Yesterday morning, I tip-toed into BigBrother’s room and sat gently on his bed. As he’s one who has always risen with the sun, his room was still dark with many thanks to blackout curtains. I gently rubbed his arm and he buried his face in the pillow.
“Buddy, it’s time to wake up. It’s your first day at the babysitter.”
His eyes sprung open. “OH YEAH!” He jumped out of bed and ran off to the bathroom. I sat for a moment and stared at the picture of Baby BigBrother on his bookshelf. My stomach knotted and my breath caught in my throat. The scene replayed itself a few minutes later in LittleBrother’s room.
Already dressed for the day, I thought about how the recently babysitter development made me feel as I got them their breakfast, sent them off to get dressed and brush their teeth. When I told them the day before that they were going to spend the day at the babysitter’s house, voices rose from the back seat: “Hooray!”
Hooray? Oh yeah? Gut punches. Heart punches.
The firefighter schedule and the work-at-home mom schedule work really well, most days, during the school year. On the days that my husband is working a 24-hour-shift, I am able to get my work done when the boys are in school. As you might imagine, summer vacation throws a wrench in our well-oiled machine. When school isn’t in session, I have two little boys who want and deserve time and attention — and a full day’s worth of work to get done. When my husband is home, I am minimally interrupted during my workday. Mostly they happen into the room in full costume to ask me a question, tell me they love me or see how long until my day is done. I answer questions, button costumes and send them on their merry way with promises of stories and fun time as soon as my work is finished. When he’s not here… well, it doesn’t work as well.
A good friend recently decided to start in-home child care. She is one of the only friends whom I have entrusted with my children while I am not present, so the whole “do I feel comfortable enough leaving my kids with this person” question was already answered. The question that wasn’t answered, that I didn’t know to ask myself, was this: “Do I feel comfortable with the fact that my kids don’t miss me?”
On the one hand, oh yes, I feel comfortable with that. I’ve known, for a long time, that they are personable kids who like to be around other people, adults and kids combined. They didn’t really go through a Stranger Danger phase, which hasn’t been great for my tendency to be overprotective. Everyone is their friend. They like to jump into a group of people, feet first, and have a good time. The first days of school are never a battle; they walk through the door without looking back — and my heart breaks a little. But I’m proud.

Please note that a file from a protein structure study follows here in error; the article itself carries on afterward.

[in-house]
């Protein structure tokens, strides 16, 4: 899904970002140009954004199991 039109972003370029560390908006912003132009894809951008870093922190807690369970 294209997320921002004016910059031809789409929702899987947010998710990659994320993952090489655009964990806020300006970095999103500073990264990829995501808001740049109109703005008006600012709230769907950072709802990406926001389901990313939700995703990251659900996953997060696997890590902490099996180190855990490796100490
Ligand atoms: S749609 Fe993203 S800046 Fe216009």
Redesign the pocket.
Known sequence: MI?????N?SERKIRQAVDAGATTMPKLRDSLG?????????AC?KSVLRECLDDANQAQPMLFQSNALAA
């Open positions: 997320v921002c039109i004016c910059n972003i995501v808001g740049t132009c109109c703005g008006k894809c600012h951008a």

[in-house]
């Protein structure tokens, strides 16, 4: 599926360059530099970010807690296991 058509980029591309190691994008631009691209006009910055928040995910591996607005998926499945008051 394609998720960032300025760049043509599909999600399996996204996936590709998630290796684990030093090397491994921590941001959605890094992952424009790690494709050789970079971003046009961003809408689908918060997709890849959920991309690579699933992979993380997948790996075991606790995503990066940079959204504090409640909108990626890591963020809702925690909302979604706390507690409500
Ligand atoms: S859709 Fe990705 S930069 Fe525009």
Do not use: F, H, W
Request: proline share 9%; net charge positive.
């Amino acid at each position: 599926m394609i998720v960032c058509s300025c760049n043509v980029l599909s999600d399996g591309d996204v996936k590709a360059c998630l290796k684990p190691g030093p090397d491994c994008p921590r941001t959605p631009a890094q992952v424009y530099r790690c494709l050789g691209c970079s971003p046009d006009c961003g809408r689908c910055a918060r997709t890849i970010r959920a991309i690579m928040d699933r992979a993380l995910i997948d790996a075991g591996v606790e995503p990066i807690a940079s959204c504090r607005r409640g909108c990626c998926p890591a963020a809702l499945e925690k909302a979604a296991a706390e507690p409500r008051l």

But, oh, that heartbreak stings. Why don’t they miss me? Am I doing something wrong in my mothering? Does my work make them feel as though I don’t value our time together? Don’t they want me to spend more time with them? Have they given up on me entirely?
It’s amazing how one little “hooray” can make me doubt everything, every choice, every sacrifice.
Yesterday, the house was quiet, save for the parakeets. After I dropped off the boys without incident, I ate breakfast alone while I worked. I got the mail by myself; no one asked to run out and do it himself, looking — very cautiously — both ways before he got to the edge of the street. No one showed up in costume. I ate lunch — alone — while working. No one argued. No one sang, “God Is Bigger than the Boogeyman,” over and over and over and over. No one even sang, “Sexy and I Know It.” I had a snack by myself — and no one swiped any of my strawberries. No one asked me to read them a story. No one barged in when I was on a conference call. No one knocked on my door and said, “Mommy! I just wanted to say I love you!” I got a boatload of work done, which is important this week as it is an ultra-crazy week. I pulled ahead on my overloaded to-do-for-work list. I felt accomplished. I felt torn.
I shut my laptop at exactly four o’clock, grabbed my keys and was out the door. They weren’t excited to see me; I was interrupting playtime. We walked — slowly — back to the car. They told me about lunch and their day and who wore what costume and that the big kids were twins and that none of the other kids would be there on Friday because they were going on vacation and when do we leave on vacation and can we have Popcicles for a snack and, as I buckled LittleBrother into his car seat, thinking that these boys were making up for a lot of time with all of their words and my ears were already starting to ring… he said, “I missed you today, Mommy.”
I smiled and kissed the top of his head.
BigBrother made an addendum to the statement; he missed me, but he had fun. I winked at him, the differences in their ages and personalities strikingly evident in how they chose to discuss the matter at hand.
They miss me. They do. They’re just people-kids. They don’t mind being away from me — as much — as long as they’re with others, having a good time. They’re in a safe environment one day a week with other kids. I have no problem with child care, with working moms, with any of that unnecessarily argumentative hullabaloo.
I just wanted to know my sons miss me when I’m gone.
Now excuse me while I go put in some ear plugs as they’re home today and my office is a revolving door of Teenage Mutant Ninja Turtles, Buzz Lightyears, Woodys, pirates and various and sundry superheroes. I live the best life.